Great meeting you,

  7. You were playing to a very tough crowd, Frank. The room was full of MLS staff and administrative people. I’m 99,9% sure most of them had no clue what a wiki was…let alone a wiki MLS. It wasn’t that they disapproved…I think you were just out in left field as far as they were concerned. But then I have a feeling you are used to being out in left field 🙂

    One of the reasons I go to Inman is to support people with fresh ideas. I wouldn’t have missed it. Though I surprised myself when I clapped so loud and no one else was clapping. I then crawled back into the corner and sat on the floor with Russ Cofano. I figured one outburst from the peanut gallery was enough. If you see that on video, Inman usually pulls some out after the conference, send me the link.

  8. Ardell,

    You didn’t keep me out too late! And even if you did, the conversation was well worth it. I missed the panels due to a bad reaction to the painkillers I was taking for my mishap a few days earlier. Thankfully, my business partner was there to bail me out.

  9. The funny thing was I had on my list to go to that one because you were the moderator and Galen was on the panel. Then it started and I thought I was in the wrong room…Galen was late for his own panel LOL! I’m thinking…no Marc…no Galen…I must be in the wrong “classroom”.

    I thoroughly enjoyed our conversation. If you are ever in Seattle, Please Please…let’s go for…what else in Seattle…COFFEE! I’d love to have a real conversation when it isn’t so late and I haven’t been to three parties beforehand.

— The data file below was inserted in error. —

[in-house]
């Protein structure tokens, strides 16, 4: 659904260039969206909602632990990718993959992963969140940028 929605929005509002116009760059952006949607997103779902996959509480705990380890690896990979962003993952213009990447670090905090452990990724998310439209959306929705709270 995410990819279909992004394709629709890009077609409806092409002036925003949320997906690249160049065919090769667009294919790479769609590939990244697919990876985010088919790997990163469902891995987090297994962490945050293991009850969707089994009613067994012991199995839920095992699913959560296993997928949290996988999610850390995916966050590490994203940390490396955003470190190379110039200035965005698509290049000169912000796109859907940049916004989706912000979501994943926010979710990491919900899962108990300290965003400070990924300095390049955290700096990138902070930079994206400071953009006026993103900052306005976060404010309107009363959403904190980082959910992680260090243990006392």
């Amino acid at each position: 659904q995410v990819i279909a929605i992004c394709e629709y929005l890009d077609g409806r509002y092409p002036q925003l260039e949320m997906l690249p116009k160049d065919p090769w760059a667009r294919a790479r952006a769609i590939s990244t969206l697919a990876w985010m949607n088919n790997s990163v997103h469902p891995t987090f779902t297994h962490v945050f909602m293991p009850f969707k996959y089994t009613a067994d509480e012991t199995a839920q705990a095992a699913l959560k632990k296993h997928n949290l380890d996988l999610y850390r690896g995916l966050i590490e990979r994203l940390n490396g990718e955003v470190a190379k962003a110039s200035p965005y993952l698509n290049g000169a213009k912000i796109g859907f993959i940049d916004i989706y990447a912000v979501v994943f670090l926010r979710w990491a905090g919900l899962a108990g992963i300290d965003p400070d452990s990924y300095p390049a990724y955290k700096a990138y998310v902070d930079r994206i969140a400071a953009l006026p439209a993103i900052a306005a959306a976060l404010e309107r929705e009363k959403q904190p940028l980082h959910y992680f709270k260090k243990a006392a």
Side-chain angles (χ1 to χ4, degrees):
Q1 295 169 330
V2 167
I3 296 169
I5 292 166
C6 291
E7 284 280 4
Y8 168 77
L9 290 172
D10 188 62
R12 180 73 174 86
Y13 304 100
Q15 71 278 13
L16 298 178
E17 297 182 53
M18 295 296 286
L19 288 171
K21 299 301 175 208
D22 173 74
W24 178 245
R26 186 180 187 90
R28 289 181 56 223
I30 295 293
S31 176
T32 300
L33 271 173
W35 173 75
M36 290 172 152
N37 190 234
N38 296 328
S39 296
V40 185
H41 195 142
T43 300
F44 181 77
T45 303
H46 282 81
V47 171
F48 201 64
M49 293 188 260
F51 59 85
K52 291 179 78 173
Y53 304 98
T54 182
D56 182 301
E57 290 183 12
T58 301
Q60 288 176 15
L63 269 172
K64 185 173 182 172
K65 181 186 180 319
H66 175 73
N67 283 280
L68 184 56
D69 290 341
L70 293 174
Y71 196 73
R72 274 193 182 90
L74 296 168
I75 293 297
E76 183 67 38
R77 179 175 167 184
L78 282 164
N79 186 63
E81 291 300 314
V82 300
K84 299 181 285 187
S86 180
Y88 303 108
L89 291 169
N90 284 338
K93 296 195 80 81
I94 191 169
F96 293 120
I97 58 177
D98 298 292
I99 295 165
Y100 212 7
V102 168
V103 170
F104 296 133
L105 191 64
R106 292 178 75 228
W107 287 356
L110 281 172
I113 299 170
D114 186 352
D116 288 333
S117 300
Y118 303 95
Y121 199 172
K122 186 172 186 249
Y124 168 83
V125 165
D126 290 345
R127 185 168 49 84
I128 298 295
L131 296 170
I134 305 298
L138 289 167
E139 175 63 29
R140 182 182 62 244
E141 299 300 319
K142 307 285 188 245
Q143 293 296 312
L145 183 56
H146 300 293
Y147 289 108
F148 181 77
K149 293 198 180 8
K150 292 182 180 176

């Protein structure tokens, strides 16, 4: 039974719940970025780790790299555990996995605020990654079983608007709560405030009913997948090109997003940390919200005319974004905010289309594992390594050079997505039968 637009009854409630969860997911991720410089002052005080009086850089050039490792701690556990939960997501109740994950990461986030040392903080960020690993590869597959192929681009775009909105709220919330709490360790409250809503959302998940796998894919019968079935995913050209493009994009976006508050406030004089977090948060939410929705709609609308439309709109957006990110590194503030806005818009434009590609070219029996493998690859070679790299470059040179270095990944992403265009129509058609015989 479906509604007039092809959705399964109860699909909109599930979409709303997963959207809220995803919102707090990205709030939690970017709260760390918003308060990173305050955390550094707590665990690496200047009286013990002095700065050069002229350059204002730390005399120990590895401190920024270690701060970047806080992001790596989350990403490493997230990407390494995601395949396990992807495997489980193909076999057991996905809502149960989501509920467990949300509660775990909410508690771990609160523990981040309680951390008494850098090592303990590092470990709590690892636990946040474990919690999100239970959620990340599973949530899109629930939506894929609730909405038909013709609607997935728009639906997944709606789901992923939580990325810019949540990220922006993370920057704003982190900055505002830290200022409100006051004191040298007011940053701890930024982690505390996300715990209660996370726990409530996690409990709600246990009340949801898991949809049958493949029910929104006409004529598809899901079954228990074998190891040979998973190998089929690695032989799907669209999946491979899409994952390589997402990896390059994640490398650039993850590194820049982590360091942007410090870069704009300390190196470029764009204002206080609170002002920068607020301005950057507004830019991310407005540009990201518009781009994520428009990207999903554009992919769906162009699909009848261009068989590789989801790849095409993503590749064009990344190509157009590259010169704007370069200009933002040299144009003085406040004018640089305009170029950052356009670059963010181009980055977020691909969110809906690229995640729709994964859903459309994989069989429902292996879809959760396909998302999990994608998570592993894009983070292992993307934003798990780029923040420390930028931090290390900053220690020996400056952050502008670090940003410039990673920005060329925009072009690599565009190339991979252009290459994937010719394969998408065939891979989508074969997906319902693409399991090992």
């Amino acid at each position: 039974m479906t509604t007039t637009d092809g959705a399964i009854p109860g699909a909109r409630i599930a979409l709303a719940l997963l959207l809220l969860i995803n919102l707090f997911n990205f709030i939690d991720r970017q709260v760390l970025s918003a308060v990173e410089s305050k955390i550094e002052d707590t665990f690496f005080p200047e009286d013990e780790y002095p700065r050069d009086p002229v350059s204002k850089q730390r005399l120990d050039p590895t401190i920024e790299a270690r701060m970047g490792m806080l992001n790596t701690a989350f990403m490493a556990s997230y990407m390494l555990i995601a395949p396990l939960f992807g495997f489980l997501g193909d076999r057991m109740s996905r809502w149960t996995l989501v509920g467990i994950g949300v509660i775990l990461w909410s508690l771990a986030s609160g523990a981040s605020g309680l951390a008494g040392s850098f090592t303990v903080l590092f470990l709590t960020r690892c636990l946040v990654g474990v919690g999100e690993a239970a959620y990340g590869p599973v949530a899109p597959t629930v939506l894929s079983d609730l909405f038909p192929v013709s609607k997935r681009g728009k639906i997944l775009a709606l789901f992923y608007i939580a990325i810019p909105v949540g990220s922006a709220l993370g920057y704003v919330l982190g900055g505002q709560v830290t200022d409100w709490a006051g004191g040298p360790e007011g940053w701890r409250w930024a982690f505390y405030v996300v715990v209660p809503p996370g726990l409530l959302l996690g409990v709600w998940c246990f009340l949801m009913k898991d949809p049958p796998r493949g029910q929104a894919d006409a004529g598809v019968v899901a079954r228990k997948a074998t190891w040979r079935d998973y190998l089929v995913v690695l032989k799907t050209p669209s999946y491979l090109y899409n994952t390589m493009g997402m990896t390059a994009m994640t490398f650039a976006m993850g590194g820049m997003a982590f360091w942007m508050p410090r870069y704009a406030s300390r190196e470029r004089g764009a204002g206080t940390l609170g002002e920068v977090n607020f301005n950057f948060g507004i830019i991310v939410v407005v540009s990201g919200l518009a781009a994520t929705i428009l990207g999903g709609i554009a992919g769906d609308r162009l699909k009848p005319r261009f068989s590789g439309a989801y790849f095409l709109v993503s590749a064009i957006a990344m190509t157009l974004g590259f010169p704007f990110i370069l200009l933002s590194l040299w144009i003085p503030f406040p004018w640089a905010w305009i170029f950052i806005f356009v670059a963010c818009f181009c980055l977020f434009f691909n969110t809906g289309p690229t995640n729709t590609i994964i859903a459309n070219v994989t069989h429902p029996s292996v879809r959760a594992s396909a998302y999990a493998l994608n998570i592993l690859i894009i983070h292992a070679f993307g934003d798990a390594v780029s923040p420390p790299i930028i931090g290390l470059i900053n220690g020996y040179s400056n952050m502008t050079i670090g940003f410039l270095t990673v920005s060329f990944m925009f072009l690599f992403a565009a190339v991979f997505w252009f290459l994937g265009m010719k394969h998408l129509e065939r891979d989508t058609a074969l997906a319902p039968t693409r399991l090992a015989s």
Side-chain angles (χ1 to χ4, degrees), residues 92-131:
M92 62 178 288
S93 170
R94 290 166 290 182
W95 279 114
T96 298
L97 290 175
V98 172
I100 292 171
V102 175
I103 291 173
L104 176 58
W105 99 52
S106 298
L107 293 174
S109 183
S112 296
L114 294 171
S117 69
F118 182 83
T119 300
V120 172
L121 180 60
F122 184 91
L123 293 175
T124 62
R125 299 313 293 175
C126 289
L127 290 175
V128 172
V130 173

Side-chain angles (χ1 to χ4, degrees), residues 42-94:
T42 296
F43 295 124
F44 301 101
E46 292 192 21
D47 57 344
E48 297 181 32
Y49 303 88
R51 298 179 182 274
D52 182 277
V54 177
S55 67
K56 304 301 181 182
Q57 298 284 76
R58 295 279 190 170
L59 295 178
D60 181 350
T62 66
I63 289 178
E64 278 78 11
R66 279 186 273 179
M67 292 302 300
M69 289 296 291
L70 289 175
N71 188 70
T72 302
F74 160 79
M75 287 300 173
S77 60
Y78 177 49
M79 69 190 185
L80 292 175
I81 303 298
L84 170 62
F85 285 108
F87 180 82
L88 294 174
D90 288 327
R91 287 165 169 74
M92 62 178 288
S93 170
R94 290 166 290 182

Hope you are feeling better…though I think it will be quite some time before you are feeling “good”. That was a pretty nasty accident.

  10. Count on it Ardell. I owe my son a trip up to Portland – he recently got his real estate license and if I can make time, the two of use will take a ride up to Rain City. He loves it there.

  11. Ardell, this is such a great question…after meeting with mortgage professionals at RE Bar Camp & Inman Connect…there’s a “movement” taking place in our industry–and I like it. Many who have blogs are using their voices to call for change in how this biz was once commonly done by listening to industry “leaders” such as Barry Habib, Tim Braheam, etc. On a recent post by Matt Bowe (at Lenderama) he asks what LO’s should do to make certain they will thrive in this market… I think the first question should be “Should you get out now?” (BTW my answer is no–for me–but this could be the time for many to bow out).